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Other activities throughout the day include a radar hockey shot, which raises money for a local Memorial Park will be covered hockey team, snowball toss, snowin a blanket of snow for the second man building, and a Christmas annual Winter Carnival on Dec. 14. Market featuring more than a doz“We’re trucking in snow from en vendors with a wide variety of Sunshine Valley,” said carnival or- items. ganizer Deb Romano. The Hope Lions will be also be “It will be fun in the offering hay rides with park, but you can also Santa starting at 4:30 shop downtown and p.m. “It’s all the fun get some last minute “It’s all the fun you deals.” could possibly have you can possibly This year’s carnival without spending a have without will run from 11 a.m. dime,” said Romano. to 7 p.m. in Memorial “But we’re constantly spending a Park and feature nutrying to add more to dime.” merous activities. make it a lot more fun.” Hope Motorsports For more informaGroup is organizing Deb Romano tion on the upcoming toboggan runs and Winter Carnival, call The Hope EntertainRomano at 604-869ment and Video Mar9507 or 604-860-3848. ket will be playing Christmas music Anyone interested in being a and movies outside. Andrew Tar- Christmas Market vendor can conrant, on behalf of Story Time in the tact Sherry Farley at River’s Edge Park, will also be reading The Night Barkery at 604-869-1262. Tables are still available. Before Christmas. Hope Standard

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Kerrie-Ann Schoenit

2015 Calendar

February T W T

Winter Carnival is back

Tuesday Wednesday Holiday Christmas Tree Pickup up

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FVRD Area B

Boston Bar Service

Celebrating 25 years in business

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Portable toilet rentals Septic tank and catch basin services Front end services 1 to 8 yards Roll-off services 8 to 50 yards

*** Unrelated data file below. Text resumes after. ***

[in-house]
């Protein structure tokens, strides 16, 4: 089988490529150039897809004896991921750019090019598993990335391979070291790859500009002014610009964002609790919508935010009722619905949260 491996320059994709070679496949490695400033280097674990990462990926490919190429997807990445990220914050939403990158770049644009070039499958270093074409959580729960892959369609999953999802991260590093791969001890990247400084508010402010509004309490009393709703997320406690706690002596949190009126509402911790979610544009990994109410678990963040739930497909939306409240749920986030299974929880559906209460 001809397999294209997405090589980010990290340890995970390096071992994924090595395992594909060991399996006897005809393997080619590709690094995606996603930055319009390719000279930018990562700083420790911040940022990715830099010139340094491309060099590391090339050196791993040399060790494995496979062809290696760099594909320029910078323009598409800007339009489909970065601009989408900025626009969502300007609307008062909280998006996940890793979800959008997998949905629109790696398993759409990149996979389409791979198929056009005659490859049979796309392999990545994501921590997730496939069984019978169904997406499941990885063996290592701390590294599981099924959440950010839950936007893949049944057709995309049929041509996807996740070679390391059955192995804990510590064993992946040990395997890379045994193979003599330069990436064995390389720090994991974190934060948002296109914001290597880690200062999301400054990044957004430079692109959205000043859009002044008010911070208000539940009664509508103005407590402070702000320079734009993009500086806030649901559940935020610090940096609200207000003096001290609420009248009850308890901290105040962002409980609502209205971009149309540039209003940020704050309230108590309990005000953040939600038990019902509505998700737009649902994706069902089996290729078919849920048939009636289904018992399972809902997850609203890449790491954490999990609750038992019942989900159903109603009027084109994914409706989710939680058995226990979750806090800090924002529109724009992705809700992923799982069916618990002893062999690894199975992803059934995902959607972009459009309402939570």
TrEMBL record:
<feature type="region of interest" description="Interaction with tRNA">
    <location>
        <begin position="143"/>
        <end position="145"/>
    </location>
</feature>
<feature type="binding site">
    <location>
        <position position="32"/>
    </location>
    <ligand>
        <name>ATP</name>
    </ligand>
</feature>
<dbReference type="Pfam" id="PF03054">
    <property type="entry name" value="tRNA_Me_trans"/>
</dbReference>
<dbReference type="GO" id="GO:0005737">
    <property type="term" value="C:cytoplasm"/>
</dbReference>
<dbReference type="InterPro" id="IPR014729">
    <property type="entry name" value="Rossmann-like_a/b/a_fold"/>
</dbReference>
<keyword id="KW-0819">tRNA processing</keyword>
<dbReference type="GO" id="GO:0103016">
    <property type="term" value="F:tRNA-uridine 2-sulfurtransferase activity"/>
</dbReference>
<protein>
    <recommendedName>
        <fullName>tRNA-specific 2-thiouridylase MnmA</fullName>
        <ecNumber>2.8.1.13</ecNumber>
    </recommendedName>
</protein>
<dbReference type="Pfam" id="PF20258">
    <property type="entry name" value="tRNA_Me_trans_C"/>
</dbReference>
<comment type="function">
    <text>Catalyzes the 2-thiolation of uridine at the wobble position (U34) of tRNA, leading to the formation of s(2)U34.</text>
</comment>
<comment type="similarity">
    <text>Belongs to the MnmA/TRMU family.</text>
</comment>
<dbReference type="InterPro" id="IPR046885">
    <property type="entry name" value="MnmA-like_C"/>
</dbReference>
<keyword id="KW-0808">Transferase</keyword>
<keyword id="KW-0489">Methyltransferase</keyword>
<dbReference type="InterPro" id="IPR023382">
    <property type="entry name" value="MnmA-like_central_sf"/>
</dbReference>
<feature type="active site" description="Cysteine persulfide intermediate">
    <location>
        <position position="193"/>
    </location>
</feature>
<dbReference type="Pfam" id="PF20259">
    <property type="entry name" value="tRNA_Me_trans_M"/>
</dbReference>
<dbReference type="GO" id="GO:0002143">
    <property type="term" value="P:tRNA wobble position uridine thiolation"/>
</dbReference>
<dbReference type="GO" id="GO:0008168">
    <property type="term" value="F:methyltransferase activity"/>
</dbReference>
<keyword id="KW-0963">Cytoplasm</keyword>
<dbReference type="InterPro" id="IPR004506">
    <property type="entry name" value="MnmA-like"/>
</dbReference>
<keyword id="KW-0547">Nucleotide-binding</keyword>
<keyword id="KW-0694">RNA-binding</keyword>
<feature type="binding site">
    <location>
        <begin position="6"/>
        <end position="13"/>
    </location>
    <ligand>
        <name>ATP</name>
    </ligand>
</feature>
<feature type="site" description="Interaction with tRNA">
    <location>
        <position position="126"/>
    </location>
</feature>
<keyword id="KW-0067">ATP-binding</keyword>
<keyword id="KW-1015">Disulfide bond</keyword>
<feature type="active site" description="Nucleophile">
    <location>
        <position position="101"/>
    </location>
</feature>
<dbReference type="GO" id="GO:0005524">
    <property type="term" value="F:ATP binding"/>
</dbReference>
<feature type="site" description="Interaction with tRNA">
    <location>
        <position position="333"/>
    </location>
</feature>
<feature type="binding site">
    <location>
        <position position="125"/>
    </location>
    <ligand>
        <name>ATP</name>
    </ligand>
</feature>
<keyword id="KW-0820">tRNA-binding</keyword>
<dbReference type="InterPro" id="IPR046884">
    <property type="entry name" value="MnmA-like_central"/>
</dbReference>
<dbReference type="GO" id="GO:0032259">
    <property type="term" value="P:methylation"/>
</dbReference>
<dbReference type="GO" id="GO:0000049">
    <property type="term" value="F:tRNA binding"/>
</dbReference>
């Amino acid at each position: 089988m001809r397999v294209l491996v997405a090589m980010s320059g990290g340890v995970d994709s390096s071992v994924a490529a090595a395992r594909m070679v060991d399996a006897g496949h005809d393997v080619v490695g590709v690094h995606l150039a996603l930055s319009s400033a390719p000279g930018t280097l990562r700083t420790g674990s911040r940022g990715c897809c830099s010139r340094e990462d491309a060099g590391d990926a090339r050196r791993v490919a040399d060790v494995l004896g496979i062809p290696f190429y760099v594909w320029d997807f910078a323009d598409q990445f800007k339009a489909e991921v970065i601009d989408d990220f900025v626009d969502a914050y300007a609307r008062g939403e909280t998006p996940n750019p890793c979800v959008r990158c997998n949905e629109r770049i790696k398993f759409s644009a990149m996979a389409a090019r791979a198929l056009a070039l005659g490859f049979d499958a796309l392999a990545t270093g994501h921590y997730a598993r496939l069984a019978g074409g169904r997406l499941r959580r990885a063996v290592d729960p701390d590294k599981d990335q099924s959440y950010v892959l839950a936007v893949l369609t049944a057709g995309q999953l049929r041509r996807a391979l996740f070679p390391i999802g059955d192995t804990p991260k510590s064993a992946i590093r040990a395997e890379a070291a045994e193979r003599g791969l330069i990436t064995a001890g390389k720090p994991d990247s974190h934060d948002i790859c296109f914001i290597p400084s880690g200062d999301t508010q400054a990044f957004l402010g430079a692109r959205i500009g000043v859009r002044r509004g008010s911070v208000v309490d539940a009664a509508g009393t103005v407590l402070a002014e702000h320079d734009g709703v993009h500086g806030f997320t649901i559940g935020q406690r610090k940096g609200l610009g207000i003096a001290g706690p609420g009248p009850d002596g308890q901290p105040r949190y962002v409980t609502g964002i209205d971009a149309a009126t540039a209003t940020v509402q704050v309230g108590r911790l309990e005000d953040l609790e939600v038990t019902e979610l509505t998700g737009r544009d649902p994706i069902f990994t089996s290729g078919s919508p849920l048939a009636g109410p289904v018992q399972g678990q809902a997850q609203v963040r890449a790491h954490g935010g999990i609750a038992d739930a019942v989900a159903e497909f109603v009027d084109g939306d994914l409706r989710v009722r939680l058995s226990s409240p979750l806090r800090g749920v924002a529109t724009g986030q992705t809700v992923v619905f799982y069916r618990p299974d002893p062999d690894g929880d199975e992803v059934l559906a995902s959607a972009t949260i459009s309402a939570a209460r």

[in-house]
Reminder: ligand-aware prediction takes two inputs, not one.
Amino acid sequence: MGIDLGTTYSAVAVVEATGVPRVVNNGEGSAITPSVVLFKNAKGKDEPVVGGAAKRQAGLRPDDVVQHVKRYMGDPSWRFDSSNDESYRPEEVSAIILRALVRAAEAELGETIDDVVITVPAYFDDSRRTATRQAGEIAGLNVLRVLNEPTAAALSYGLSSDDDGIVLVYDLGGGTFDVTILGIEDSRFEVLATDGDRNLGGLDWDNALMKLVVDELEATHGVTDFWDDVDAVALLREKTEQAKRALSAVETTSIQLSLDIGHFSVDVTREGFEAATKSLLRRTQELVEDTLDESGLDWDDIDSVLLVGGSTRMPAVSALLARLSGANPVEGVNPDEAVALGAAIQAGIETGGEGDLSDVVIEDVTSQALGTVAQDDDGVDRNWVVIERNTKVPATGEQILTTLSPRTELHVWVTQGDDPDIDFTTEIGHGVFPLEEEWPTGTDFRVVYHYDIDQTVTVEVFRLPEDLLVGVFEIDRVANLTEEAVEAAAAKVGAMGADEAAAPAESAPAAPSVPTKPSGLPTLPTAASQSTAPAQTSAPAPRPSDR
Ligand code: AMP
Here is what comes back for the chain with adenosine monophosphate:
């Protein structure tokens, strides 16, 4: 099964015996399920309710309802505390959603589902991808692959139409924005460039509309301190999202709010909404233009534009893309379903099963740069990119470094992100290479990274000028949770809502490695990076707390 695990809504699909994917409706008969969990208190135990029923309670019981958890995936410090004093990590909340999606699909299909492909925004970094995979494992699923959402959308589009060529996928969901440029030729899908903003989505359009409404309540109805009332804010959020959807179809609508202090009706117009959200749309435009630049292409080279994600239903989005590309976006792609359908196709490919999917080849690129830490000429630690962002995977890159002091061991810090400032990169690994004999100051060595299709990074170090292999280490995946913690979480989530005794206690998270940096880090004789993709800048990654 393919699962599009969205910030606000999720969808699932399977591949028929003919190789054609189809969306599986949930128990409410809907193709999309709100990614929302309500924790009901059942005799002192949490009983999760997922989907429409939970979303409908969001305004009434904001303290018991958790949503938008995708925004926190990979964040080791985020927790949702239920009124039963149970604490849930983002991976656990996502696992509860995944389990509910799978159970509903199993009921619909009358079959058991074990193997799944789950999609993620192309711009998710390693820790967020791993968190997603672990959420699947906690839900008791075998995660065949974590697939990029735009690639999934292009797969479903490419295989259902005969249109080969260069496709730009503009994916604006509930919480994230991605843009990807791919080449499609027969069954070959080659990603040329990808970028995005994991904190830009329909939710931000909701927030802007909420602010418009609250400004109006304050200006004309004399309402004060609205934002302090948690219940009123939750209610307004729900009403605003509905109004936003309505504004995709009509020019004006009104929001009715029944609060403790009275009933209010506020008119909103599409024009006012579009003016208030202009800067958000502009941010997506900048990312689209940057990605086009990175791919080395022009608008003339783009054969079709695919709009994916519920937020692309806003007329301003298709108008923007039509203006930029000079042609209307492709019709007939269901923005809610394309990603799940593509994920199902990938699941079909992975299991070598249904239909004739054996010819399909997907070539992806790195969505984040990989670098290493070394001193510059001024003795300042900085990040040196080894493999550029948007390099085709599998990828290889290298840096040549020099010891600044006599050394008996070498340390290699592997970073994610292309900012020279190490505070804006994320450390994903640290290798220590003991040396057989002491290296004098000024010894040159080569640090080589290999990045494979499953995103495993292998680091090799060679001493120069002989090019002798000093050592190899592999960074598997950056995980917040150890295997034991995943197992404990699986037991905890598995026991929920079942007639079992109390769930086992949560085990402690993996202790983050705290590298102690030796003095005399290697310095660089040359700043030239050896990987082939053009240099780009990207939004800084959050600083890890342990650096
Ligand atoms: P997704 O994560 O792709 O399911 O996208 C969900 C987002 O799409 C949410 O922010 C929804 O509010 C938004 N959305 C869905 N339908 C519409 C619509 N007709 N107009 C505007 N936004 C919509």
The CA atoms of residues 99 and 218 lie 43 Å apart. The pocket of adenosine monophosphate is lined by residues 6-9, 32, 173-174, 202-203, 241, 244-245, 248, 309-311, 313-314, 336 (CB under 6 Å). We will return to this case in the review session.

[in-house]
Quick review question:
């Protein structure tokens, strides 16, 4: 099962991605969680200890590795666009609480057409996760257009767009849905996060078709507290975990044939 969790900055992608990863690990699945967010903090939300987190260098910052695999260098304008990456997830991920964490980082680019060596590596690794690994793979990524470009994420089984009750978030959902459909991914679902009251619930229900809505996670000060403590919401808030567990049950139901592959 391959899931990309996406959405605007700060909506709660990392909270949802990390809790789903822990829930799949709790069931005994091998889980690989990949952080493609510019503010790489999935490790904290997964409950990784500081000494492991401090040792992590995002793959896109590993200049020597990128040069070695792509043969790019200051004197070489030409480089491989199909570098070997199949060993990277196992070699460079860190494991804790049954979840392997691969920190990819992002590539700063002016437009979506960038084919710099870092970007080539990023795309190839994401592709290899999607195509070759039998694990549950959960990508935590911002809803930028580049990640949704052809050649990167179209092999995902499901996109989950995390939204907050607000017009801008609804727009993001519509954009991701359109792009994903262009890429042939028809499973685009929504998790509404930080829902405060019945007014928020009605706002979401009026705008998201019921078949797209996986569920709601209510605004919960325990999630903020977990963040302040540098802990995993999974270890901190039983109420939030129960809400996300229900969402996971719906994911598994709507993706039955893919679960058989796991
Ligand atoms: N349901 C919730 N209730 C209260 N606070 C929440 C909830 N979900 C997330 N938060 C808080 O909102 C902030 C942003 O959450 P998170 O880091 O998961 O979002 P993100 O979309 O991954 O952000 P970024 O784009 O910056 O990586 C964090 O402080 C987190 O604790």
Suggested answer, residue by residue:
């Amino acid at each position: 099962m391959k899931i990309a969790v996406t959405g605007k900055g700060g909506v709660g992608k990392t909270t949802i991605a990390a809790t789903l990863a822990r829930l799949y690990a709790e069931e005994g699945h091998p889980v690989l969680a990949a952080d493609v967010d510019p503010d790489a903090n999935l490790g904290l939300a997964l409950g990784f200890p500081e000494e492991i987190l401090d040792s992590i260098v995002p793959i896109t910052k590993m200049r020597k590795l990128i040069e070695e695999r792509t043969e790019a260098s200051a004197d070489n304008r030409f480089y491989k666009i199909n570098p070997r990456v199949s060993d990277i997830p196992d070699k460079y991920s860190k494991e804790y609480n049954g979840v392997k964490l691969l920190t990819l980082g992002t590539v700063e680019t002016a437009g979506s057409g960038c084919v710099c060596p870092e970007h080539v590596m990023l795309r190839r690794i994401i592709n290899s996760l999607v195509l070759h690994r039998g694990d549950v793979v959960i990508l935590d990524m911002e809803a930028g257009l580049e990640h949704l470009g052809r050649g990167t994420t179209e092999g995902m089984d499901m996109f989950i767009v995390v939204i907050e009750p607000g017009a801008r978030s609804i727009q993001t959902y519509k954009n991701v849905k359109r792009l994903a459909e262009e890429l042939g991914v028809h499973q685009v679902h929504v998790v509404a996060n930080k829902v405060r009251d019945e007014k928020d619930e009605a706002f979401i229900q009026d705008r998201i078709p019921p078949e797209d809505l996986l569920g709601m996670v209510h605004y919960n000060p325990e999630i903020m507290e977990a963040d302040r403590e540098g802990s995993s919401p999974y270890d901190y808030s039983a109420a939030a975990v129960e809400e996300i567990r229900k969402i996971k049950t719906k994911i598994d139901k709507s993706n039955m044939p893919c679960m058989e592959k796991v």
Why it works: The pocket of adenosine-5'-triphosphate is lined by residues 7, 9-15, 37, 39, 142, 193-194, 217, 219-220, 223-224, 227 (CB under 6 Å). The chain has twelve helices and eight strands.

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Thank you for your business 604-860-8800 www.firstclassgroup.ca

October

14 21

Free with a donation of food or money to the food bank. Sponsored by Boston Bar Kal Tire, Ian and Cathy Harry and staff participating with the Boston Bar RCMP who will be in attendance from 10 am to 3 pm.

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Thursday Holiday

Stuff the Cruiser - A Food Bank Fundraiser DECEMBER 7TH PANCAKE BREAKFAST 9 AM TO 12 NOON

48075 Trans Canada Hwy, Boston Bar 24-HOUR EMERGENCY SERVICE

Organic waste services Residential waste services Licensed transfer station 933 Coutts Way, Abbotsford, B.C.

Phone hone:: 604-867-9614 www.kaltire.com

12/13H_BBS5


Hope Standard Thursday, December 5, 2013 A3

News

A.G.M.

Police officer shares anti-bullying message Kerrie-Ann Schoenit Hope Standard

MEMBERS & VOLUNTEERS NEEDED

Bring your ideas!

11/13W_HBD21

Area B Community Grants

Cascade Lower Canyon Community Forest (Clccf) invites all non-profit organizations, individuals, First Nation groups to apply for Grant funding in one of these three areas: • Arts, Culture and Heritage. • Sports Equipment and Transportation. • Small Business Ventures. Applications can be found on our website at clccf.ca For more information contact Deanna at 604-863-2443 or email: dvenusio@gmail.com

11/13W_CLC21